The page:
Producer Judi Levine on her Sundance winner The Sessions

With The Sessions getting positive reviews at the box office, Australian producer Judi Levine tells Georgina Pearson about working with her husband, director Ben Lewin on the film that tells the true story of Mark O’Brien, a man who lives in an iron lung and wants to lose his virginity.

How did you get involved in this project?

Ben came across an essay by Mark O’Brien while researching another project and said to me, “I’ve just read something extraordinary. Read it”. I thought it was fantastic so we went from there.

Making The Sessions was very much a family affair. Tell us about the experience.

It was an entire family production. Our two daughters and son also worked with us on it – our youngest daughter played a small role in the flashback scene and our son, who is studying classical music, helped out with the soundtrack. Our eldest daughter was my right hand. I couldn’t have done the job without her.

Was it difficult to make a film where the lead character is largely confined to his bed? 

When we started, I thought ‘how are we going to make this when for 90 minutes you are watching someone lying horizontal?’ But after the first few minutes you don’t even notice.

It was like that with my husband who has polio. When I first started dating him, I think people were a bit shocked but you just don’t notice his disability after a while.

How did you cast the film?

A lot of credit has to go to our casting director Ronnie Yeskel. Initially, we set out looking for a disabled actor but we couldn’t find anyone who had both the acting experience and Mark’s physicality. So Ronnie introduced the project to John Hawkes (who played Mark), who initially wasn’t quite sure – it’s a very challenging role – but he talked it through with Ben and by the end of their first conversation he was on board.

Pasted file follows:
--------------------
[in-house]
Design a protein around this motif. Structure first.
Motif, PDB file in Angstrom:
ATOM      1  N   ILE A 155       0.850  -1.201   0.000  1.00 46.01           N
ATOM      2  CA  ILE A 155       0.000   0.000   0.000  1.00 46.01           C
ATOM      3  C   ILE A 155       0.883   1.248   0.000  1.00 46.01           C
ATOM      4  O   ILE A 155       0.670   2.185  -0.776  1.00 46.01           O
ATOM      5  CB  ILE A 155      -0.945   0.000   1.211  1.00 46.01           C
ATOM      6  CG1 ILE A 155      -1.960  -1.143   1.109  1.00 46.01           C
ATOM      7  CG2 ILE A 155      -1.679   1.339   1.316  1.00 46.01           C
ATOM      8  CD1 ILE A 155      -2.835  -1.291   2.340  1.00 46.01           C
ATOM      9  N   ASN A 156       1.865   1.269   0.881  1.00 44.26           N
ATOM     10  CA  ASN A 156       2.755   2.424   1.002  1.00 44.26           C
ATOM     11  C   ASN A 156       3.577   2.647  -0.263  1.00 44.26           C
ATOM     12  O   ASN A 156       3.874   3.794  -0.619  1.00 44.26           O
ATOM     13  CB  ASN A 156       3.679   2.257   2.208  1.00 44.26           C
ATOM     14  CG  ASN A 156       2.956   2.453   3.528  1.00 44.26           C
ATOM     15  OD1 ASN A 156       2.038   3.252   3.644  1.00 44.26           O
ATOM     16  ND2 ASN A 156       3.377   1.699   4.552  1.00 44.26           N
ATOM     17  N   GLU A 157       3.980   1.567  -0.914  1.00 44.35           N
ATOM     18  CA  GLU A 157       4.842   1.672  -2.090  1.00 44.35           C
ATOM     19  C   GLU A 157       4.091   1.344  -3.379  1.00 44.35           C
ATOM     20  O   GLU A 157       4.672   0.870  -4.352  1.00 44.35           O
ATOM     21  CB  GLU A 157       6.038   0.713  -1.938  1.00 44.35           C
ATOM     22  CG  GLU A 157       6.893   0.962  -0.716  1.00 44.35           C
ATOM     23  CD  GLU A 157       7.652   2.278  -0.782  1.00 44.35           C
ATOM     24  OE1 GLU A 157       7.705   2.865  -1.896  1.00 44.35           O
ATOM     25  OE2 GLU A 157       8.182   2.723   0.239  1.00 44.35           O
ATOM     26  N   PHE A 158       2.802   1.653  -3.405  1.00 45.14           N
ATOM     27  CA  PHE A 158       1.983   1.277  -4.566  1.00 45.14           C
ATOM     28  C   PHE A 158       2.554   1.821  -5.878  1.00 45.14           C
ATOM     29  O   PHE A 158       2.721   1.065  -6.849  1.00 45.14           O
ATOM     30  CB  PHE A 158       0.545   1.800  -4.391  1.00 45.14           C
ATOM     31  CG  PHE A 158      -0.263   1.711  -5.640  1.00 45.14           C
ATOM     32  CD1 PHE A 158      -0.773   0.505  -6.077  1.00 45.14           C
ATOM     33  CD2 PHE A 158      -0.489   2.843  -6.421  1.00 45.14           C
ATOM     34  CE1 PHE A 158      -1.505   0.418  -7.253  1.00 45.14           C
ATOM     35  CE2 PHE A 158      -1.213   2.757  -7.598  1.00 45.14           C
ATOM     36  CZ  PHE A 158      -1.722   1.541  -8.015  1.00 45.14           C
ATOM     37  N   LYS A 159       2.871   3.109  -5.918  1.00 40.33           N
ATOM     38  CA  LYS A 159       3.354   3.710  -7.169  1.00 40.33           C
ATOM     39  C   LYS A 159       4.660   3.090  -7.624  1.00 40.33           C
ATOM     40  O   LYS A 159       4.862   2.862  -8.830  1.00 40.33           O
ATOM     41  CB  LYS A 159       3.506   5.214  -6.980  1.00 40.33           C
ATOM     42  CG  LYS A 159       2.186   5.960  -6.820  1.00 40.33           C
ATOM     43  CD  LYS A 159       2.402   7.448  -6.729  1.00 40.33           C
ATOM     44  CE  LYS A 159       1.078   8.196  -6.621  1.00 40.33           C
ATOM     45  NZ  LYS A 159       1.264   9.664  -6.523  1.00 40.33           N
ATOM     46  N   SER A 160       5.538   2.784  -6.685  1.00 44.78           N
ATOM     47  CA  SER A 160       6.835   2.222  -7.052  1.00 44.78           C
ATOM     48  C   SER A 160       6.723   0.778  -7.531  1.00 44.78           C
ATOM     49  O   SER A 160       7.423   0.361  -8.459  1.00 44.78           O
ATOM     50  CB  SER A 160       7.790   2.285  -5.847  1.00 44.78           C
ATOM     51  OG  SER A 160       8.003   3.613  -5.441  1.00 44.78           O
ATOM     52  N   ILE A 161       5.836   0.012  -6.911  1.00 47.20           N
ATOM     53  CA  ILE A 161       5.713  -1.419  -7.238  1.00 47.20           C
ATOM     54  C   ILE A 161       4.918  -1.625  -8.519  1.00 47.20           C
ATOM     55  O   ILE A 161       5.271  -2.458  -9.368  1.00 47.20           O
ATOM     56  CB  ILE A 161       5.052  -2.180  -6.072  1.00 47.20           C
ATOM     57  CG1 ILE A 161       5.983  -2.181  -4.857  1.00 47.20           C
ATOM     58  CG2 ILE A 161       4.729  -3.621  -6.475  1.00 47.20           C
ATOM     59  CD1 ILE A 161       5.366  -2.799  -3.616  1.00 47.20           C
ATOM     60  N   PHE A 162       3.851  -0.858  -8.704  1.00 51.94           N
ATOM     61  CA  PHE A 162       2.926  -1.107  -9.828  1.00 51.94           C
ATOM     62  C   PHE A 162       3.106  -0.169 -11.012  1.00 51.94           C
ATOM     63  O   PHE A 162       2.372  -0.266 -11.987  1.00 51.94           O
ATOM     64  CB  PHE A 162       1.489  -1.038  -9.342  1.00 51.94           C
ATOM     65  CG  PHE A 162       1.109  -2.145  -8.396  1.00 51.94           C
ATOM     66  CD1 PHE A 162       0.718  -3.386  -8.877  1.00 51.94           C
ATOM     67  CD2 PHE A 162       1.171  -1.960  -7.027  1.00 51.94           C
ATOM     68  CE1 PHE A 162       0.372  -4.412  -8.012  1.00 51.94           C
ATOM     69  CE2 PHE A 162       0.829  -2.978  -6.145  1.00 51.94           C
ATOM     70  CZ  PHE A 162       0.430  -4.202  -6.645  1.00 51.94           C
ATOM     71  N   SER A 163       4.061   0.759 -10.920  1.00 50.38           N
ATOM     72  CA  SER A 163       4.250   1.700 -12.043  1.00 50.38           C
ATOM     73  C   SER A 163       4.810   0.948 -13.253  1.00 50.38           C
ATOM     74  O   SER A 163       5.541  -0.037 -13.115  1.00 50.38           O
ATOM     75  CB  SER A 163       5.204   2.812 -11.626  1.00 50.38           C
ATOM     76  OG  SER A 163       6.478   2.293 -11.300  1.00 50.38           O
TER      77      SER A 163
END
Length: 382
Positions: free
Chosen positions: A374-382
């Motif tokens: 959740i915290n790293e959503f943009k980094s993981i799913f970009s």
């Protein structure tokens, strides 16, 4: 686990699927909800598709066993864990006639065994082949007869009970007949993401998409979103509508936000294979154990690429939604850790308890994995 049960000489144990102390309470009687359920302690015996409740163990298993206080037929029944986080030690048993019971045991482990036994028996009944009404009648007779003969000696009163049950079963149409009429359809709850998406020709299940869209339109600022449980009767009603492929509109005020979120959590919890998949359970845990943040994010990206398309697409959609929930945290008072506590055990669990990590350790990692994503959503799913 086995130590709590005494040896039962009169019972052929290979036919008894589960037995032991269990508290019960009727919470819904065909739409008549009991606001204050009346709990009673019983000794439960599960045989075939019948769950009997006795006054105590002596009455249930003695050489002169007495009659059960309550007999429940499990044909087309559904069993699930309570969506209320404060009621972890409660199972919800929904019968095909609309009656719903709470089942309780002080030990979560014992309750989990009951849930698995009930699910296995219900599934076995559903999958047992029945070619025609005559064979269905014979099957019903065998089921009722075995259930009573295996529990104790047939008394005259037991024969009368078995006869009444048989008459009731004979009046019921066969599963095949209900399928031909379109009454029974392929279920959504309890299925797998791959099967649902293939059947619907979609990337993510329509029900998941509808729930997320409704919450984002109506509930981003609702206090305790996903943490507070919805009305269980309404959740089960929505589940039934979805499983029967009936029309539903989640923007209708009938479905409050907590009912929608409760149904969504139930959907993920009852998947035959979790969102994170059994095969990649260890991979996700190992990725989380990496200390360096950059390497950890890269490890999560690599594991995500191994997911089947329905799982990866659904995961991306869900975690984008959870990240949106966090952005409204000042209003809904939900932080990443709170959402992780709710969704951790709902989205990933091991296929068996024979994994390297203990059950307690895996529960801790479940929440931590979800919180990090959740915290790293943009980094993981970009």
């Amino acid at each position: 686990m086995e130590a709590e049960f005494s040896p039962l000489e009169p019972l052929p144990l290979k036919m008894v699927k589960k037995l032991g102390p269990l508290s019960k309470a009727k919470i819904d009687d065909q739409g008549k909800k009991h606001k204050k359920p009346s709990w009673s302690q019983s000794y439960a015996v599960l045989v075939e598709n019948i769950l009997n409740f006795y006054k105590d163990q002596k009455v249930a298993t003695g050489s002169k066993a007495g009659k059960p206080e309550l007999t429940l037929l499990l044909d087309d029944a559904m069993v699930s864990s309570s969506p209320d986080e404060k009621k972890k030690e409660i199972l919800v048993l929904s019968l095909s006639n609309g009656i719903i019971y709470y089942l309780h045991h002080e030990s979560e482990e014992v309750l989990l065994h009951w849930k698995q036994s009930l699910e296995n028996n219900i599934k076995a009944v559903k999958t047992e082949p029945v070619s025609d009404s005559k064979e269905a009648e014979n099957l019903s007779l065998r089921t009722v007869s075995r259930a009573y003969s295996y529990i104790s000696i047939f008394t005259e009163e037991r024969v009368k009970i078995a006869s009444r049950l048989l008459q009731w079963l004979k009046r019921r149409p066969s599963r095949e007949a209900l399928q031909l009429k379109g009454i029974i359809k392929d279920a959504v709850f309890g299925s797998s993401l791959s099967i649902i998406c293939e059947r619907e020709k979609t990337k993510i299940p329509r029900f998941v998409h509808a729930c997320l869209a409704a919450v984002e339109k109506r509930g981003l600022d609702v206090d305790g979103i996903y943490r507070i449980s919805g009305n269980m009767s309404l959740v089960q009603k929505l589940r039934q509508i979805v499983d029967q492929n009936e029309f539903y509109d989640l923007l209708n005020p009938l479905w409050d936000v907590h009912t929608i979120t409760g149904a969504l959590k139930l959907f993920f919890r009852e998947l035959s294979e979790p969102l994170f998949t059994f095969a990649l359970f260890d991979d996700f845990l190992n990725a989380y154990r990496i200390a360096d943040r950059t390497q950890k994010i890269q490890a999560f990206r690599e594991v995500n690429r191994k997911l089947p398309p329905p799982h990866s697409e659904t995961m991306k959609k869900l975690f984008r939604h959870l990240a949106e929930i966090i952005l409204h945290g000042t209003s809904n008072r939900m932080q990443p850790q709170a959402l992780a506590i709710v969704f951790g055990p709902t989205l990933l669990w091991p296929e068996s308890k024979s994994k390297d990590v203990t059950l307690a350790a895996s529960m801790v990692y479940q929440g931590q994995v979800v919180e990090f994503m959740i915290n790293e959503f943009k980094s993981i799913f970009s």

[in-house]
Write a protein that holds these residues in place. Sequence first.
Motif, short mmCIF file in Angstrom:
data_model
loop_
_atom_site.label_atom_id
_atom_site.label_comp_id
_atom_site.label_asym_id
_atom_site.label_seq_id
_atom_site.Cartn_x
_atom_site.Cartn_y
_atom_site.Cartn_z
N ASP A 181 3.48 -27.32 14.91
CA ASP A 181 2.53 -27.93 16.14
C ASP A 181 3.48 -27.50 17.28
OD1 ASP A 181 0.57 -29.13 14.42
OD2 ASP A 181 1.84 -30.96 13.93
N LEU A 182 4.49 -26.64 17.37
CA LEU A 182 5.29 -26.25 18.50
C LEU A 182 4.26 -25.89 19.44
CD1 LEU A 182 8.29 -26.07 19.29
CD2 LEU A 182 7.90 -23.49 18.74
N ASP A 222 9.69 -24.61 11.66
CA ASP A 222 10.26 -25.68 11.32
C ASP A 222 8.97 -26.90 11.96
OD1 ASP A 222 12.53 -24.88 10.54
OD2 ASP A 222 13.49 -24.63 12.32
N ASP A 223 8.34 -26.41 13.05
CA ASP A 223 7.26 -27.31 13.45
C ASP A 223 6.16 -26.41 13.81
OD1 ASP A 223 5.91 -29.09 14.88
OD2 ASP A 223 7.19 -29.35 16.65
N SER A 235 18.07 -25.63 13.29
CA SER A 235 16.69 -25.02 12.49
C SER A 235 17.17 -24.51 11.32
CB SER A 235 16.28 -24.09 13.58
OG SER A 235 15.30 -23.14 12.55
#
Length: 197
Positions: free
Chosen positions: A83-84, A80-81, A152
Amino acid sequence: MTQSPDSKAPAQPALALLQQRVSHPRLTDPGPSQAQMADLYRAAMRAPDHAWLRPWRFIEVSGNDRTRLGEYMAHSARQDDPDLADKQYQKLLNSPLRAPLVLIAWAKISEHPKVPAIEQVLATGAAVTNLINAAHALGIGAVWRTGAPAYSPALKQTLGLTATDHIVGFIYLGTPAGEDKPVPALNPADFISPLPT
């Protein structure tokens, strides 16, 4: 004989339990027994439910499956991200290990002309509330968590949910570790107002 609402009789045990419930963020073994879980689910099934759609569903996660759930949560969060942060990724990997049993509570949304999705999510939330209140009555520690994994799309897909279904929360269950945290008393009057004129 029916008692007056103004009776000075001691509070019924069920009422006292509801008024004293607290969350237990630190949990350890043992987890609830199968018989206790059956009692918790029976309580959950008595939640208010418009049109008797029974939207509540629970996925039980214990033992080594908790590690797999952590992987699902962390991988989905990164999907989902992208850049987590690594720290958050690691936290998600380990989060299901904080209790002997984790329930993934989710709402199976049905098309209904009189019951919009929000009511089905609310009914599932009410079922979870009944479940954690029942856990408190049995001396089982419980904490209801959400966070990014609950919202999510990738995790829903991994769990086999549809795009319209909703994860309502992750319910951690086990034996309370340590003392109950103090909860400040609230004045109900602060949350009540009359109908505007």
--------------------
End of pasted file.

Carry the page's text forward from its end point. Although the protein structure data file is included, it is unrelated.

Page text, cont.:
What is the moral of the story?

On one level, have better sex. It’s a story that in a way everyone can relate to. Nearly everyone has been in that room where someone has taken their clothes off in front of you and it’s been uncomfortable and awkward and you are thinking ‘should I turn out the light? What happens next?’

It reminds you to never undervalue what you have. After the screening at the Toronto Film Festival, a young man came up to us and said, “I will never take sex for granted again” and I think that really sums it up.

On a more serious note, it’s about seeing beyond outward appearances and getting to know people for who they really are.

Early in the process, the film had a different ending. How did it change?

Originally the film ended when Mark and Cheryl parted ways and it was very, very sad. I said to Ben “there is no way we can end a film like that, the audience will slash their wrists”.

So we ended up tracking down the real sex surrogate and found out that Mark’s girlfriend, Susan Fernbach, was still around. We got in touch with her and then we had this happy ending.

What are your hopes for the film?

We have been so fortunate with the critical acclaim we have received so far. There has been talk about awards but right now I am just looking to the premiere in LA. If we can get through that, and pull in a respectable box office, then I think I can breathe again

The Sessions is now showing at selected cinemas.




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